CHARLESTON, W.Va. -- The agency charged with protecting West Virginia's children from abuse and neglect suffers from high staff turnover, consistently fails to do timely investigations and appears unwilling to fix its many shortcomings, according to a legislative audit.
Child Protective Services is part of the Department of Health and Human Resources' Bureau for Children and Families. The audit presented to lawmakers in Charleston says the bureau lacks a sense of urgency in recruiting, building and retaining a workforce capable of timely investigations.
While it has been aware of and studied the turnover problem for six years, the audit concludes, the bureau has done nothing to change the situation.
The Dominion Post says interim bureau commissioner Susan Hage told lawmakers that she is taking the report seriously and committed to change. She also acknowledged the bureau should be farther along in addressing 14 recommendations.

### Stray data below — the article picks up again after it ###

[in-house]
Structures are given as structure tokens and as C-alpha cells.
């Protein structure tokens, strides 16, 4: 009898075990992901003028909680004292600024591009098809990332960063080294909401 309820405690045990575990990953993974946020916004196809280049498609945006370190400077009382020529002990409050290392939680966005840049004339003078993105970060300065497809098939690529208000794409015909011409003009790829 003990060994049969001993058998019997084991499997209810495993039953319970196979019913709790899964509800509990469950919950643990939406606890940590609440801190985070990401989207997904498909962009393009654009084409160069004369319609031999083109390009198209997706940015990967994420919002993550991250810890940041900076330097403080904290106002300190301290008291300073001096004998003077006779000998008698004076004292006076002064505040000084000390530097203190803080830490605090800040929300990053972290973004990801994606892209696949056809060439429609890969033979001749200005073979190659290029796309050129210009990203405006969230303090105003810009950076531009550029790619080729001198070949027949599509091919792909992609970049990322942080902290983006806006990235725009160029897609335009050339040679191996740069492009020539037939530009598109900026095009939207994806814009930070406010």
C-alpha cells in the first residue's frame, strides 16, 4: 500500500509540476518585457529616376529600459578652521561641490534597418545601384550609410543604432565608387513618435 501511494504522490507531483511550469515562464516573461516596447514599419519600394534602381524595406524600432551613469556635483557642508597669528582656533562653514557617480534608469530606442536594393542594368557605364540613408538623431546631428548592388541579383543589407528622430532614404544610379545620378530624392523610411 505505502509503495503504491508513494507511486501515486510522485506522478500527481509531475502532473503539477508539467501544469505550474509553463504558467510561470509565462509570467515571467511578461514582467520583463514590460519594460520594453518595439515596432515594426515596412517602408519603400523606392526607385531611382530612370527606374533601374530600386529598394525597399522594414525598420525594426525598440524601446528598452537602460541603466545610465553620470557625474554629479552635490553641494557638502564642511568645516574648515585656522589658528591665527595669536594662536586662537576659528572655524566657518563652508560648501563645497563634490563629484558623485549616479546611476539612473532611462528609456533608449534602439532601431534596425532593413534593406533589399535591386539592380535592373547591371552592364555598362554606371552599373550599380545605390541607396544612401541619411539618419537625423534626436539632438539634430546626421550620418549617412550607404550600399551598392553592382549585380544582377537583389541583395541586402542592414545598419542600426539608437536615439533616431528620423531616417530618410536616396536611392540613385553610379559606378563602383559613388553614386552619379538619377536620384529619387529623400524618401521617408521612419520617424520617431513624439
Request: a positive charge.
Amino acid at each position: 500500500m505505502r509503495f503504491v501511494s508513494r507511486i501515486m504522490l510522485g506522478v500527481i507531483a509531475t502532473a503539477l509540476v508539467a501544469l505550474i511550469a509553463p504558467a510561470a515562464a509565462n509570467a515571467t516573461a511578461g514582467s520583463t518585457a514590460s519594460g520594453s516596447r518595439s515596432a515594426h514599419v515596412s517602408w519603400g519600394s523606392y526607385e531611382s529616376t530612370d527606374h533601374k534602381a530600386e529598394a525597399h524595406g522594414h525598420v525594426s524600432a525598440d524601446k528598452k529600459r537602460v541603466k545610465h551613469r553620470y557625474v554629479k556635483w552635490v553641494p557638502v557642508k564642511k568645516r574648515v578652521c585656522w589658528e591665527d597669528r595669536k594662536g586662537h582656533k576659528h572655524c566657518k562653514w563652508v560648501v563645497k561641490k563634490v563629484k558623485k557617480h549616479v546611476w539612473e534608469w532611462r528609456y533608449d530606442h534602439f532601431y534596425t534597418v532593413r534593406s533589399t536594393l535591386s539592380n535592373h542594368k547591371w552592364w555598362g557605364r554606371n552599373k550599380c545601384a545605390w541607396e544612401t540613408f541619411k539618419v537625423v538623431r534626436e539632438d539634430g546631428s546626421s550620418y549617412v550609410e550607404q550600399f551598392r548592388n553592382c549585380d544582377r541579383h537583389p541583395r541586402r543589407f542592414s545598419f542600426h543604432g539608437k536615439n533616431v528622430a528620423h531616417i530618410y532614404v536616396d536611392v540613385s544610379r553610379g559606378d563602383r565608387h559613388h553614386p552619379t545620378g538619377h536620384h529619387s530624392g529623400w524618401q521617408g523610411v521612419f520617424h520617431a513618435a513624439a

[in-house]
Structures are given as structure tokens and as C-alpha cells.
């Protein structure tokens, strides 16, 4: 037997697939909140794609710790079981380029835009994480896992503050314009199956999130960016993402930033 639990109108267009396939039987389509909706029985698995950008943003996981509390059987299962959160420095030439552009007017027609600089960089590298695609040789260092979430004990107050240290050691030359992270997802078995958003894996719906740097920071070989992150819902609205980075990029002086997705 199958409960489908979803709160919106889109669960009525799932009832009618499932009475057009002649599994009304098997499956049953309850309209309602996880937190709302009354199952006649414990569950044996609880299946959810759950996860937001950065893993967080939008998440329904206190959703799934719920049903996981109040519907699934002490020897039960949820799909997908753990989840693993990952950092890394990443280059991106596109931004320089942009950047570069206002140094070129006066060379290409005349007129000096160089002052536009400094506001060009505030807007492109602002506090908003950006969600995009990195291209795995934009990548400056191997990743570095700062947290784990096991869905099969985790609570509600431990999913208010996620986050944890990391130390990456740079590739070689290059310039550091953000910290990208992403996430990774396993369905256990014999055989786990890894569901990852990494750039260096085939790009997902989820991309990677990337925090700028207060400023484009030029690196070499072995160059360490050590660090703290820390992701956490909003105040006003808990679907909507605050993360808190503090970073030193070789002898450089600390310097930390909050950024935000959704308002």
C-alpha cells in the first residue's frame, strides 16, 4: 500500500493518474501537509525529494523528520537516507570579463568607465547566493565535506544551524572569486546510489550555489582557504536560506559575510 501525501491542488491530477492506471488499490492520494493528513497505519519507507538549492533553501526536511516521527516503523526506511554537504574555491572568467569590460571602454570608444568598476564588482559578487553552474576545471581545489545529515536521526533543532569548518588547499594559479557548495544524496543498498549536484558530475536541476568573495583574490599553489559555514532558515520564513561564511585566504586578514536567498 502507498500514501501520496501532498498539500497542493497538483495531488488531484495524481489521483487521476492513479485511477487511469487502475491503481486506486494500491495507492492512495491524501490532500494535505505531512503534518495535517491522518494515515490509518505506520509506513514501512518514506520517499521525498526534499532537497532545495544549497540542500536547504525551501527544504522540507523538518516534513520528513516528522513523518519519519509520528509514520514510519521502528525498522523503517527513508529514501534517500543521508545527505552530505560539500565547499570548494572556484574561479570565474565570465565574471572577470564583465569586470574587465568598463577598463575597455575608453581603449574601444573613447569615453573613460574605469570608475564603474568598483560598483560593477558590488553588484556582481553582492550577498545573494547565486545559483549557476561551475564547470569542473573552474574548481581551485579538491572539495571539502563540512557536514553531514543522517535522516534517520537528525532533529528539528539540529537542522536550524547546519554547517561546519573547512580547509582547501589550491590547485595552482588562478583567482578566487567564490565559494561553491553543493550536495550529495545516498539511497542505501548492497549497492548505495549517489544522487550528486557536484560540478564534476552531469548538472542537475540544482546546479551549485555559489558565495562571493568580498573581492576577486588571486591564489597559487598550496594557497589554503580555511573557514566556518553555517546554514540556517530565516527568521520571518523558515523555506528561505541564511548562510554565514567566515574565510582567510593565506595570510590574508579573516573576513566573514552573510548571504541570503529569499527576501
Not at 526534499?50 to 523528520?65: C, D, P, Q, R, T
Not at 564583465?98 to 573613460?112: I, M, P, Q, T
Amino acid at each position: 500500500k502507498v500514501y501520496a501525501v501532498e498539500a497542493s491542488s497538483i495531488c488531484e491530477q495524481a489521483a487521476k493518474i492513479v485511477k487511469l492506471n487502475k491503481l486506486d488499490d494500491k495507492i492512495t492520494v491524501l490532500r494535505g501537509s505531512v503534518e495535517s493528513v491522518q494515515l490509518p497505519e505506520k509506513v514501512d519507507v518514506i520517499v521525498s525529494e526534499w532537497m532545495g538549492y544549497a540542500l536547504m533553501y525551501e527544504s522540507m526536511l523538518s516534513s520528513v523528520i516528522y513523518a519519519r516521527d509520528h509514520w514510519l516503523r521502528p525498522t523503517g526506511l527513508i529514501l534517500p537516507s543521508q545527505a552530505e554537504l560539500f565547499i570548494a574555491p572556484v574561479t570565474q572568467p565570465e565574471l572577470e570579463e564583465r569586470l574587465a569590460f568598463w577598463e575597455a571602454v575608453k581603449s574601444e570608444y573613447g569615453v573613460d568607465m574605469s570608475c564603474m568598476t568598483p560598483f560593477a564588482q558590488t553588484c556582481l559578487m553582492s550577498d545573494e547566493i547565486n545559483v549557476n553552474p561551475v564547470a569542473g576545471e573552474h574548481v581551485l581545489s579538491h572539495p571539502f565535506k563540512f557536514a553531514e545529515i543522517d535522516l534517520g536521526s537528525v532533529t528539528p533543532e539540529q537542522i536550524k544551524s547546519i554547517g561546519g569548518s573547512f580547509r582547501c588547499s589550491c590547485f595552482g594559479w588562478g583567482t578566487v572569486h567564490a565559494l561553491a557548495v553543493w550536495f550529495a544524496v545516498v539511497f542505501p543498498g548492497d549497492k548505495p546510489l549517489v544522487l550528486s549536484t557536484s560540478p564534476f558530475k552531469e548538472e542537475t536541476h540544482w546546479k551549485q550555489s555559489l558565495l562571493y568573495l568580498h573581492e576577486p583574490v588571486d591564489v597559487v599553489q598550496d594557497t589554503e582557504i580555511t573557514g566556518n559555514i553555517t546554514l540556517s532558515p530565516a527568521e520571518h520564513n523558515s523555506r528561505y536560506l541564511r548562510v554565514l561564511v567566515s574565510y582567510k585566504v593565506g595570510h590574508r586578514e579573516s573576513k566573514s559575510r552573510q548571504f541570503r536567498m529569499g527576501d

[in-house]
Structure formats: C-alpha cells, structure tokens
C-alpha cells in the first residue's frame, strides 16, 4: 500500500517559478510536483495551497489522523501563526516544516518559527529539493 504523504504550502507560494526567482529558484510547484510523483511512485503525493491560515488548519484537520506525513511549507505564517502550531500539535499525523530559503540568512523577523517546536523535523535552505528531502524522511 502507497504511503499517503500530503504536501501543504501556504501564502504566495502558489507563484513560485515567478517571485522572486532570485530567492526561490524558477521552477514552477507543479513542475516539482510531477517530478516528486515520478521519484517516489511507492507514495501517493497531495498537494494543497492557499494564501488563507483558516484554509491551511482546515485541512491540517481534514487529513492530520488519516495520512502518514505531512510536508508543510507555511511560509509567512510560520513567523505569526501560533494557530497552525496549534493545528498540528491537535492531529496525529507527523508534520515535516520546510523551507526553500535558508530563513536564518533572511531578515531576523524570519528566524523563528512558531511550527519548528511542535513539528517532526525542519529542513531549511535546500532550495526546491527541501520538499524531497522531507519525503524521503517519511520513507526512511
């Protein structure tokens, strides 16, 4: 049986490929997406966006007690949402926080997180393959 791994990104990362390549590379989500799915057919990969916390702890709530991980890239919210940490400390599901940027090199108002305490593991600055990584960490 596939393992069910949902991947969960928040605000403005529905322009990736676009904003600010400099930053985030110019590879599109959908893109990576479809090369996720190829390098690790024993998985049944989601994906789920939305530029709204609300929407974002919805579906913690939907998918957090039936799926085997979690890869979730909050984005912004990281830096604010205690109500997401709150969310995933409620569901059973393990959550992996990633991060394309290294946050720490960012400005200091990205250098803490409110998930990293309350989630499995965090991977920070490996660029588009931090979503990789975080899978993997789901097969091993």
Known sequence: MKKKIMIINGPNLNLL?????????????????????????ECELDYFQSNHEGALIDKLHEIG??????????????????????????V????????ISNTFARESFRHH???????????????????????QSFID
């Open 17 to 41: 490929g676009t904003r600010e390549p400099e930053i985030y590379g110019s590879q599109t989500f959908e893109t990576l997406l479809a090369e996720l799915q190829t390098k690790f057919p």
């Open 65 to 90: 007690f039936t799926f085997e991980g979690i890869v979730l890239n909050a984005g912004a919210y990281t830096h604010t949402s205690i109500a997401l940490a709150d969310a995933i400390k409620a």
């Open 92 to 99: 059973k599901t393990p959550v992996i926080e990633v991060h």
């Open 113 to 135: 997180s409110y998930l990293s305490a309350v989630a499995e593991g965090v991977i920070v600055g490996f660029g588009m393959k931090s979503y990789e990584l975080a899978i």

But state Sen. Donald Cookman, a Hampshire County Democrat and retired circuit court judge, called the situations laid out in the audit "appalling."
While state law requires CPS workers to respond to abuse and neglect reports within 14 days -- and within 72 hours in cases of imminent danger -- the audit found workers met that standard less than half the time.
In 2011, it said, only 48 percent of the cases were handled promptly.
A national report released last fall found that children are dying from abuse and neglect at a higher rate in West Virginia than in any other state, a problem that judges, social workers and others say is fueled by rampant substance abuse.